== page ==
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Distributed GramSchmidt orthogonalization with simultaneous elements refinement
EURASIP Journal on Advances in Signal Processing volume 2016, Article number: 25 (2016)
Abstract
We present a novel distributed QR factorization algorithm for orthogonalizing a set of vectors in a decentralized wireless sensor network. The algorithm is based on the classical GramSchmidt orthogonalization with all projections and inner products reformulated in a recursive manner. In contrast to existing distributed orthogonalization algorithms, all elements of the resulting matrices Q and R are computed simultaneously and refined iteratively after each transmission. Thus, the algorithm allows a tradeoff between run time and accuracy. Moreover, the number of transmitted messages is considerably smaller in comparison to stateoftheart algorithms. We thoroughly study its numerical properties and performance from various aspects. We also investigate the algorithm’s robustness to link failures and provide a comparison with existing distributed QR factorization algorithms in terms of communication cost and memory requirements.
1 Introduction
Orthogonalizing a set of vectors is a wellknown problem in linear algebra. Representing the set of vectors by a matrix \({\mathbf {A}}\in \mathbb {R}^{n\times m}\), with n≥m, several orthogonalization methods are possible. One example is the socalled reduced QR factorization (matrix decomposition), A=Q R, with a matrix \({\mathbf {Q}}\in \mathbb {R}^{n\times m}\) having orthonormal columns, and an upper triangular matrix \({\mathbf {R}}\in \mathbb {R}^{m\times m}\) containing the coefficients of the basis transformation [1]. In the signal processing area, QR factorization is used widely in many applications, e. g., when solving linear least squares problems or decorrelation [2–4]. In adaptive filtering, a decorrelation method is typically used as a prestep for increasing the learning rate of the adaptive algorithm [5], ([6], p. 351), ([7], p. 700).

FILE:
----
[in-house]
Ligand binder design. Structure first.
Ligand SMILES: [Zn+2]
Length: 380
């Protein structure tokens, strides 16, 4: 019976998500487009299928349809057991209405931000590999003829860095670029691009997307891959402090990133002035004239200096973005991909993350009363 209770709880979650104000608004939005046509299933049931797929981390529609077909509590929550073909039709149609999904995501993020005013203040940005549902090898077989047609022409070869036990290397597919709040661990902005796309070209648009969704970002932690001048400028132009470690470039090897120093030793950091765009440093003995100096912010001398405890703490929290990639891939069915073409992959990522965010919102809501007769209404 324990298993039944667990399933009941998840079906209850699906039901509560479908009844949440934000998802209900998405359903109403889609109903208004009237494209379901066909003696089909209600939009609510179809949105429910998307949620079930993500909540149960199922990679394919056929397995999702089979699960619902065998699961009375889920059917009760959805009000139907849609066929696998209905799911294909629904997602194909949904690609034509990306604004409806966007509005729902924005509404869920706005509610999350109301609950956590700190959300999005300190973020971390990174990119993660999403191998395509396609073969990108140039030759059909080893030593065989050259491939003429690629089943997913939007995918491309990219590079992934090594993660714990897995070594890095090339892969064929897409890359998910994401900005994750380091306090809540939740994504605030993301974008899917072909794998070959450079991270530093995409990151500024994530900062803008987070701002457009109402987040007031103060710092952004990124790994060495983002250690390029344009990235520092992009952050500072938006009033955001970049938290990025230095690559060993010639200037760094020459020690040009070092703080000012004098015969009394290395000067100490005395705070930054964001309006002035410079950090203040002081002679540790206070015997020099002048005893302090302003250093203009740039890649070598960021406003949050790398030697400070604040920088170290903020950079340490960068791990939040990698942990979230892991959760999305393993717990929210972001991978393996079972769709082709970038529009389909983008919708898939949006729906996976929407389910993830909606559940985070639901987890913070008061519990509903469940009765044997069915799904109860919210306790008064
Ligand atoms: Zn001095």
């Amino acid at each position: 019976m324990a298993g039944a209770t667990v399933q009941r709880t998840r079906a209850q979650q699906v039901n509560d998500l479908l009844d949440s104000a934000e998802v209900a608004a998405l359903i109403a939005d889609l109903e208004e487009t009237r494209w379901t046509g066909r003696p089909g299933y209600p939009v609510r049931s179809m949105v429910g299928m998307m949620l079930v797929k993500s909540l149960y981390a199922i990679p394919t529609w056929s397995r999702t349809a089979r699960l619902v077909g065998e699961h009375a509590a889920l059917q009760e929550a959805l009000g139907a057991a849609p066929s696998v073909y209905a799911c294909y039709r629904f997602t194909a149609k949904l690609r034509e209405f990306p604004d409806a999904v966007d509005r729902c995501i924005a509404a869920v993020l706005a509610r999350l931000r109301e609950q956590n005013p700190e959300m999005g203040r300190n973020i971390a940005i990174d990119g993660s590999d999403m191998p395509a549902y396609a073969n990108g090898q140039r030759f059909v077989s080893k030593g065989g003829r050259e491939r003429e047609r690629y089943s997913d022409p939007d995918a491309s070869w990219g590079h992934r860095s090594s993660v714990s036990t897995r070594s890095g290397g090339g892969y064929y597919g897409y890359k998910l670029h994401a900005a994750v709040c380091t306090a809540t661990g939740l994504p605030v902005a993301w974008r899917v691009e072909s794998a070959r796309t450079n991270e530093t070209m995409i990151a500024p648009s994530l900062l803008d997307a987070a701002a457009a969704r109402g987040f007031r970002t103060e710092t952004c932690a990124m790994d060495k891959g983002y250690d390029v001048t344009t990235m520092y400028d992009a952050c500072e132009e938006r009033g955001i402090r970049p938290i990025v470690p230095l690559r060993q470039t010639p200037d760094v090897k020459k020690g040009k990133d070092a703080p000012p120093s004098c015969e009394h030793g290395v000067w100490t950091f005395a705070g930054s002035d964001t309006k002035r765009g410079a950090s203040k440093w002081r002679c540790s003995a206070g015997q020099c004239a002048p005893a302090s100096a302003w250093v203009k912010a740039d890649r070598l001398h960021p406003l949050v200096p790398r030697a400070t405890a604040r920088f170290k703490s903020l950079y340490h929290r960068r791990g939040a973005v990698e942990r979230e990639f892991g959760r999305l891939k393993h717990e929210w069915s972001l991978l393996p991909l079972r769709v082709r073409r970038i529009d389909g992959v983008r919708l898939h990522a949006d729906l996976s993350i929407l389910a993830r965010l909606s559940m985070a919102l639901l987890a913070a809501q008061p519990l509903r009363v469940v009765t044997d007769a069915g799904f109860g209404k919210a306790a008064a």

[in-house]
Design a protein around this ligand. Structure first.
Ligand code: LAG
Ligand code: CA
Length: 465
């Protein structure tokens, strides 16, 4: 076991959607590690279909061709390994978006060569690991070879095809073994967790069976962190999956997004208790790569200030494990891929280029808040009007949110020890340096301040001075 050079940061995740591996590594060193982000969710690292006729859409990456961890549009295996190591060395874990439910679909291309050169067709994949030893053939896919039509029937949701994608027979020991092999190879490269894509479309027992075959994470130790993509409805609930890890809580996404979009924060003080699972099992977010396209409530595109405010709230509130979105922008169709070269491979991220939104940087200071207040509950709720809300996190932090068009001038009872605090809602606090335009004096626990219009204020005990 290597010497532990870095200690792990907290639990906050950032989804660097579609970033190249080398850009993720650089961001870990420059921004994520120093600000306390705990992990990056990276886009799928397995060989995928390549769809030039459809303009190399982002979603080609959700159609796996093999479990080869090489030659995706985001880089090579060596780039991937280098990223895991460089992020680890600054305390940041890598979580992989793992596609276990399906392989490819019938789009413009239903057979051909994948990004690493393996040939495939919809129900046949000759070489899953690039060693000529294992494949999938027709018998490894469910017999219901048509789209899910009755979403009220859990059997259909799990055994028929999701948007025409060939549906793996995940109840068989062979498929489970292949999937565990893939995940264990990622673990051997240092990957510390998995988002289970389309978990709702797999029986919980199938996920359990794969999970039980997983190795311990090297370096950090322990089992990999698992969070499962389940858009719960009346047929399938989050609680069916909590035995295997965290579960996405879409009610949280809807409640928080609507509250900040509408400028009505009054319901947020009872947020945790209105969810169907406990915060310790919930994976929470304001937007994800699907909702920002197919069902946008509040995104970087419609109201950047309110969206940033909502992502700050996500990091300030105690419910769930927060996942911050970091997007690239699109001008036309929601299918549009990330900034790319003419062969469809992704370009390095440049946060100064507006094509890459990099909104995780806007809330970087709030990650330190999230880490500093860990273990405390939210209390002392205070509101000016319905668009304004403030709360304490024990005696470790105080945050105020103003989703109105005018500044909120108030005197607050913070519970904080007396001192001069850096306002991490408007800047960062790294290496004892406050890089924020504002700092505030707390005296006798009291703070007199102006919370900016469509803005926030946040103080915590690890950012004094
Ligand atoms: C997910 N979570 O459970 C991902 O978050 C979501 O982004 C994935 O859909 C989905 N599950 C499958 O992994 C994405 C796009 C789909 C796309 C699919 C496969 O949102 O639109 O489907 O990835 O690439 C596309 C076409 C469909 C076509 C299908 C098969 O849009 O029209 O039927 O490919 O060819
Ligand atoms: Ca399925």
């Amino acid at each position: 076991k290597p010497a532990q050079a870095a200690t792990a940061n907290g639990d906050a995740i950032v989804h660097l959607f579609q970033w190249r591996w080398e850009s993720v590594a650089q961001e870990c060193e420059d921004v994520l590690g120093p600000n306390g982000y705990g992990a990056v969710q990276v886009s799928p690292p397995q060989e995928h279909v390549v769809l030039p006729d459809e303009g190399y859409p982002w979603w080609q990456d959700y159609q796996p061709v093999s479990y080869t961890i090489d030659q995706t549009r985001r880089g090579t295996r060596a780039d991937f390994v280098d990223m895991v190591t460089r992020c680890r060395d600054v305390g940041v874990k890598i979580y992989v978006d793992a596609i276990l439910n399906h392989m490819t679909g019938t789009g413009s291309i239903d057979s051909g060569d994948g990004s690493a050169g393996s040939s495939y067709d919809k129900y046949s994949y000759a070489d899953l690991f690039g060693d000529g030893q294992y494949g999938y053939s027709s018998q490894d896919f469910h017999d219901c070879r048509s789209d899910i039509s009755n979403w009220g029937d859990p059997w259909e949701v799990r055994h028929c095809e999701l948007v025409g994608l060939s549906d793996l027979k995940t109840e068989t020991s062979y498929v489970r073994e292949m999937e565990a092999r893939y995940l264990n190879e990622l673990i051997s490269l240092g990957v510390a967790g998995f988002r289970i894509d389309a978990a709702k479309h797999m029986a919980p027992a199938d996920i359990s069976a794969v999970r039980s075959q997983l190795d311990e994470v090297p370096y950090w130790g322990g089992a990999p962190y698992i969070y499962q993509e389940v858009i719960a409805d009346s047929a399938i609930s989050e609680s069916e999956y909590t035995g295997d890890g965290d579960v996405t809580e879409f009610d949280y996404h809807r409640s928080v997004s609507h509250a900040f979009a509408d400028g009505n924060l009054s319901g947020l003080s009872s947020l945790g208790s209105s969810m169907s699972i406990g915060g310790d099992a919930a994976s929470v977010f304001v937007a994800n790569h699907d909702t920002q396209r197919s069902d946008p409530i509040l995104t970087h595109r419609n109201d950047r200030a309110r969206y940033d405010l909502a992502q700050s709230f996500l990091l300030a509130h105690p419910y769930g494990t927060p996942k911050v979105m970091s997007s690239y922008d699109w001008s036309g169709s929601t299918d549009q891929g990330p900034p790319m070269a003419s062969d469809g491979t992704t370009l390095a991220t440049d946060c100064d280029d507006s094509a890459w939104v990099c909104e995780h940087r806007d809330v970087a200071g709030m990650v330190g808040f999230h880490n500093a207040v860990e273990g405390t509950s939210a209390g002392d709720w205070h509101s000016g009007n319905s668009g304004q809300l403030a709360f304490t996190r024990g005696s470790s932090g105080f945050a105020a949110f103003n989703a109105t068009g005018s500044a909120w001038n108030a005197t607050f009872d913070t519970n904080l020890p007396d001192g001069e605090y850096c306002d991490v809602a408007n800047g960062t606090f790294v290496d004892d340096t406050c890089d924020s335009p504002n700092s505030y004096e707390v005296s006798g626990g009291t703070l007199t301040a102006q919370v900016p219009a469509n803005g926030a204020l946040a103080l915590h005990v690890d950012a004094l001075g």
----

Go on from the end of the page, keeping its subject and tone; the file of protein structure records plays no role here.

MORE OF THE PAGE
From an algorithmic point of view, there are many methods for computing QR factorization with different numerical properties. A standard approach is the GramSchmidt orthogonalization algorithm, which computes a set of orthonormal vectors spanning the same space as the given set of vectors. Other methods include Householder reflections or Givens rotations, which are not considered in this paper.